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A surprising correlation after mining 140,000 papers

An article published in Nature on August 26, 2015 reports the results of a large analysis by Adrian Letchford and his colleagues at the University of Warwick, Coventry, England: they digged into the most cited 140,000 peer-reviewed papers published between and 2007 and 2013, and found that articles published in journals that impose short titles get more citations.

Science, for instance, allows no more than 90 characters in the title and gets an average of 30 citations per paper, whereas other journals – allowing up to 250 characters – get less citations.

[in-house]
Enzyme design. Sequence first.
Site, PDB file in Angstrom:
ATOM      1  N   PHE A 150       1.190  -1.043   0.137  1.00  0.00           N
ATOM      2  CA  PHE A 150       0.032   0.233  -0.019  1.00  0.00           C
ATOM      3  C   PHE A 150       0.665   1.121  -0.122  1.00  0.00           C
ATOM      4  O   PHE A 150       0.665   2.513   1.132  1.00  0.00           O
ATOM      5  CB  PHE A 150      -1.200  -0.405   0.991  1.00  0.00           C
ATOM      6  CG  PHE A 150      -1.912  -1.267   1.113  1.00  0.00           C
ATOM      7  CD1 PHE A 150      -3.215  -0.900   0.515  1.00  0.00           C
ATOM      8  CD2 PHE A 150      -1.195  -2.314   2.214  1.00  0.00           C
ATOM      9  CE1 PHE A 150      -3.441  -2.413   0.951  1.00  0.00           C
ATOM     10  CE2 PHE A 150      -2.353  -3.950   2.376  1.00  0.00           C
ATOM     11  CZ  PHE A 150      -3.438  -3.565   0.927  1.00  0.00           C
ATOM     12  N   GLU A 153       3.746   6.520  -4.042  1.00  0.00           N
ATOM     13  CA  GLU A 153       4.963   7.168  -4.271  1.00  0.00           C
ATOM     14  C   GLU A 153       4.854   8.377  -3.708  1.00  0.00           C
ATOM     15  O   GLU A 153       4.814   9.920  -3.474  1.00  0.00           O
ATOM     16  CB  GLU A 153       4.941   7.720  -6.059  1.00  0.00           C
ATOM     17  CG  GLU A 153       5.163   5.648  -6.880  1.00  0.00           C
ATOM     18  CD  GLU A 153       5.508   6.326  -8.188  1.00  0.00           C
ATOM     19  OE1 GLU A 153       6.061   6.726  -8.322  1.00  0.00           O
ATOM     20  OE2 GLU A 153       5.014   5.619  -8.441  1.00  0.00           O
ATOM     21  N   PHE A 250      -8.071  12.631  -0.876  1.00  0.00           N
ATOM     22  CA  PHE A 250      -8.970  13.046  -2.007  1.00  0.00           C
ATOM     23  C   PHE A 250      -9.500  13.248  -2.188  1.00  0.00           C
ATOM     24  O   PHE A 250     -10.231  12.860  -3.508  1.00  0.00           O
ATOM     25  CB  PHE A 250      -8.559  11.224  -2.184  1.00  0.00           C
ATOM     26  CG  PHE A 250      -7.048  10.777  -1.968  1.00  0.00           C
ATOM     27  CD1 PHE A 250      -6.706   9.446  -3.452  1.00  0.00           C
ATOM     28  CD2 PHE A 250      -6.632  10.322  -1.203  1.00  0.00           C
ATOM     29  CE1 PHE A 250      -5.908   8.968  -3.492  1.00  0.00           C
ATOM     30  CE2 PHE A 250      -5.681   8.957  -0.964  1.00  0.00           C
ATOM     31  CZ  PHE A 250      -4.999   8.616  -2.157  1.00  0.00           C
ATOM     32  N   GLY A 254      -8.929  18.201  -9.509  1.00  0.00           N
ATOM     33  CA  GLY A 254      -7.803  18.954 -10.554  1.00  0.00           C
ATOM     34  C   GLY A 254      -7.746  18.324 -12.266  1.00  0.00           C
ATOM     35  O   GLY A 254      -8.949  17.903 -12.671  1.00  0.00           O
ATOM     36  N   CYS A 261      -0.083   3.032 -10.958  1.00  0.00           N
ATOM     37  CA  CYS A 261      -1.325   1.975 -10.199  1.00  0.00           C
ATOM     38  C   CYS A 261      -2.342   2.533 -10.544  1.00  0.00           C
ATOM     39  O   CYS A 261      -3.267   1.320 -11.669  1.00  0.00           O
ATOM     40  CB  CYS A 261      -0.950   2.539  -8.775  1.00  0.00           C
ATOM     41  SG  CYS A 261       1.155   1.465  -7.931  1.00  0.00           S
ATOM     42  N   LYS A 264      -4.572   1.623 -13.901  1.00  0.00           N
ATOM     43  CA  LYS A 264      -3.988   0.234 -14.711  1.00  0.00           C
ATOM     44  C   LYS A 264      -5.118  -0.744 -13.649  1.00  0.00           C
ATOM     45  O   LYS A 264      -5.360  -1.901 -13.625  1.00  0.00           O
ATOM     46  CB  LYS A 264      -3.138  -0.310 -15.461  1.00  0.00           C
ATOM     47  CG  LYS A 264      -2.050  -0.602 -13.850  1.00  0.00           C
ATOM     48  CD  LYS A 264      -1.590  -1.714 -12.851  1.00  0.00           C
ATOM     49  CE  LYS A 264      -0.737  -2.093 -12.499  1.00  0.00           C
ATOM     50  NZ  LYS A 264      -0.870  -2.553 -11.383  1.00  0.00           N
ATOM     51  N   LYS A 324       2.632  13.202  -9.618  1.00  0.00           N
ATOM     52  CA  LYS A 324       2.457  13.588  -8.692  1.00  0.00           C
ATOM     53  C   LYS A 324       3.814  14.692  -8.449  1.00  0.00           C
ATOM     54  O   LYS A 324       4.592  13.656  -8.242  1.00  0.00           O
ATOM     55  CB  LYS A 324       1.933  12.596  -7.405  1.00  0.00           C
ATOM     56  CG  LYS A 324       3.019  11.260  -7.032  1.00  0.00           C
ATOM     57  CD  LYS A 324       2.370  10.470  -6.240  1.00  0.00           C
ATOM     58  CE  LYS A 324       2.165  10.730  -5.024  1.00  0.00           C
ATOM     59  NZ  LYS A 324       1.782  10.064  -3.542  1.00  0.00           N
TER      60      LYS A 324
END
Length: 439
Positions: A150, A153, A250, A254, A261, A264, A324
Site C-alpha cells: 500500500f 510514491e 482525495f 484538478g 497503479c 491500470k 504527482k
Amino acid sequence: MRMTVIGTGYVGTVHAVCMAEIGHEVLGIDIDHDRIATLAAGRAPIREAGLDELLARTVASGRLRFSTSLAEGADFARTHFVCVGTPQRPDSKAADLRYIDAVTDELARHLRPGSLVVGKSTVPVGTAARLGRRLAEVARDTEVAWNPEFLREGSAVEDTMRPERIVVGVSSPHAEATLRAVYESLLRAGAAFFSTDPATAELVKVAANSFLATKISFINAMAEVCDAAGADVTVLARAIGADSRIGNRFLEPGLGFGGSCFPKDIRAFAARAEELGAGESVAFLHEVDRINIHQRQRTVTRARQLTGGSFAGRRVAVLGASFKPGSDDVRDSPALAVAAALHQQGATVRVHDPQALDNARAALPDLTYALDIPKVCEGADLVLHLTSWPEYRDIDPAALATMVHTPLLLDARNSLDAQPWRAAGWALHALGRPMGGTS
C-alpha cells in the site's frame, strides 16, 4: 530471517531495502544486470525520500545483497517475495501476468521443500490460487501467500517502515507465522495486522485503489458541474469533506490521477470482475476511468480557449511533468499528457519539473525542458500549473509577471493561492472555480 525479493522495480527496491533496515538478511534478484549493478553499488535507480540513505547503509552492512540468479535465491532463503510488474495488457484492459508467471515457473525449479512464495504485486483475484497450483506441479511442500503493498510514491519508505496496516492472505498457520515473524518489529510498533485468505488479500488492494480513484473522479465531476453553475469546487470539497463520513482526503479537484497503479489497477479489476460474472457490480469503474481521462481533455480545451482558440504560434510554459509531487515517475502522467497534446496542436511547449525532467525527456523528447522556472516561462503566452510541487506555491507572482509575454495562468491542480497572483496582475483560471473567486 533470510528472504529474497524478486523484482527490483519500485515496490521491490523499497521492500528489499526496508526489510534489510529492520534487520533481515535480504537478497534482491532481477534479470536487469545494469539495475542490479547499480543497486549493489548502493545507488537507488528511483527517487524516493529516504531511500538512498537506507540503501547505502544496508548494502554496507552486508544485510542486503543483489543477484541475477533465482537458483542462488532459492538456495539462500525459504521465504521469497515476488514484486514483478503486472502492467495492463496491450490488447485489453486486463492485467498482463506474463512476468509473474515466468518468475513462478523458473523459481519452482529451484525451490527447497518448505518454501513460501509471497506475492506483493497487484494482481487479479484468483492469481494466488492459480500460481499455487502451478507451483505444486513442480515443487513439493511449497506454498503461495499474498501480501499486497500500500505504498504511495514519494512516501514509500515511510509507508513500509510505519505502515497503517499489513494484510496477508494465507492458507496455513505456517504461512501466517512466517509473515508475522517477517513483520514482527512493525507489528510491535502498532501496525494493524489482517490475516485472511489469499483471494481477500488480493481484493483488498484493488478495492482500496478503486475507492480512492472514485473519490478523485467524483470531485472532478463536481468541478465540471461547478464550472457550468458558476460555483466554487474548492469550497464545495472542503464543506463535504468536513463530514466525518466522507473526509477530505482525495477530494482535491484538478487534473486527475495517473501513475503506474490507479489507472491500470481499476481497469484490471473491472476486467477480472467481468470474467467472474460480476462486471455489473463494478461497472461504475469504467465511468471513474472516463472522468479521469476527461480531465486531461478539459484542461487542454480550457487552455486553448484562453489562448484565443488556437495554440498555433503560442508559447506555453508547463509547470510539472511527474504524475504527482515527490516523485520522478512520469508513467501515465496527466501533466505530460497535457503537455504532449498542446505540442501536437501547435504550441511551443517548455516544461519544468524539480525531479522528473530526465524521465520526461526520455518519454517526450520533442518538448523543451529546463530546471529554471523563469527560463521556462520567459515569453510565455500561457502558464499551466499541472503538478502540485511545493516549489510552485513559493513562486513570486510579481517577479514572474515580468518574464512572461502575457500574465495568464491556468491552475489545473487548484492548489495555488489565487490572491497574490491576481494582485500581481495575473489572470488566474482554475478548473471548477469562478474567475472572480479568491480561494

“Shorter is sweeter” sounds good, but one cannot overlook the fact that the researchers have ignored the possible effects of other factors. As the article puts it, “There might simply be more citations in fields where it is standard to write shorter titles, for example”.

No conclusion should be drawn before further investigation.

Meanwhile, finding a good title is always a good idea 🙂